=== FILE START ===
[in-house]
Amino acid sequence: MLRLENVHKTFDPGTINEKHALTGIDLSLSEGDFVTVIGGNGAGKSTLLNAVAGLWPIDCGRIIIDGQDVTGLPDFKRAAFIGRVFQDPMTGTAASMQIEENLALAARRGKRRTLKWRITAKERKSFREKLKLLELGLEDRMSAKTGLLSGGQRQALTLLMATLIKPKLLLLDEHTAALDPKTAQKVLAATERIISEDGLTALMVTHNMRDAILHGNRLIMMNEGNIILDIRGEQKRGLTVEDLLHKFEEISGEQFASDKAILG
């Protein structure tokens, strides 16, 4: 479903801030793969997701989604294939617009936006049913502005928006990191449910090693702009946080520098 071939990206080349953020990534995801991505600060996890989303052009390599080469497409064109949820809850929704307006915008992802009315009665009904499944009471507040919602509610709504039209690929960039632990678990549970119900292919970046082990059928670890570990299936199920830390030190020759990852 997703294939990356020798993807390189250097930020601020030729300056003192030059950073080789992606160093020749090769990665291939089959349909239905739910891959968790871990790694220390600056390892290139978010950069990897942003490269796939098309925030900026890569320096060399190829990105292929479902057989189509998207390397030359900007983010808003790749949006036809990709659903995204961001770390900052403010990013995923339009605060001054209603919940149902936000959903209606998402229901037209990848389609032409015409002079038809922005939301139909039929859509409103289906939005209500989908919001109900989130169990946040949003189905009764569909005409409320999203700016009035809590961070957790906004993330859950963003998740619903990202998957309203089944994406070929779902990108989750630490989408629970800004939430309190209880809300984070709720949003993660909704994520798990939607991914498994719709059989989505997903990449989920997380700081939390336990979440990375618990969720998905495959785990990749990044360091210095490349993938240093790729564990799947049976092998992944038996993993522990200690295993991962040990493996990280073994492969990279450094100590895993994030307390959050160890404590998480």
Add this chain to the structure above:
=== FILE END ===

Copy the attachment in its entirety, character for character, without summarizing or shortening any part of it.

[in-house]
Amino acid sequence: MLRLENVHKTFDPGTINEKHALTGIDLSLSEGDFVTVIGGNGAGKSTLLNAVAGLWPIDCGRIIIDGQDVTGLPDFKRAAFIGRVFQDPMTGTAASMQIEENLALAARRGKRRTLKWRITAKERKSFREKLKLLELGLEDRMSAKTGLLSGGQRQALTLLMATLIKPKLLLLDEHTAALDPKTAQKVLAATERIISEDGLTALMVTHNMRDAILHGNRLIMMNEGNIILDIRGEQKRGLTVEDLLHKFEEISGEQFASDKAILG
């Protein structure tokens, strides 16, 4: 479903801030793969997701989604294939617009936006049913502005928006990191449910090693702009946080520098 071939990206080349953020990534995801991505600060996890989303052009390599080469497409064109949820809850929704307006915008992802009315009665009904499944009471507040919602509610709504039209690929960039632990678990549970119900292919970046082990059928670890570990299936199920830390030190020759990852 997703294939990356020798993807390189250097930020601020030729300056003192030059950073080789992606160093020749090769990665291939089959349909239905739910891959968790871990790694220390600056390892290139978010950069990897942003490269796939098309925030900026890569320096060399190829990105292929479902057989189509998207390397030359900007983010808003790749949006036809990709659903995204961001770390900052403010990013995923339009605060001054209603919940149902936000959903209606998402229901037209990848389609032409015409002079038809922005939301139909039929859509409103289906939005209500989908919001109900989130169990946040949003189905009764569909005409409320999203700016009035809590961070957790906004993330859950963003998740619903990202998957309203089944994406070929779902990108989750630490989408629970800004939430309190209880809300984070709720949003993660909704994520798990939607991914498994719709059989989505997903990449989920997380700081939390336990979440990375618990969720998905495959785990990749990044360091210095490349993938240093790729564990799947049976092998992944038996993993522990200690295993991962040990493996990280073994492969990279450094100590895993994030307390959050160890404590998480």
Add this chain to the structure above: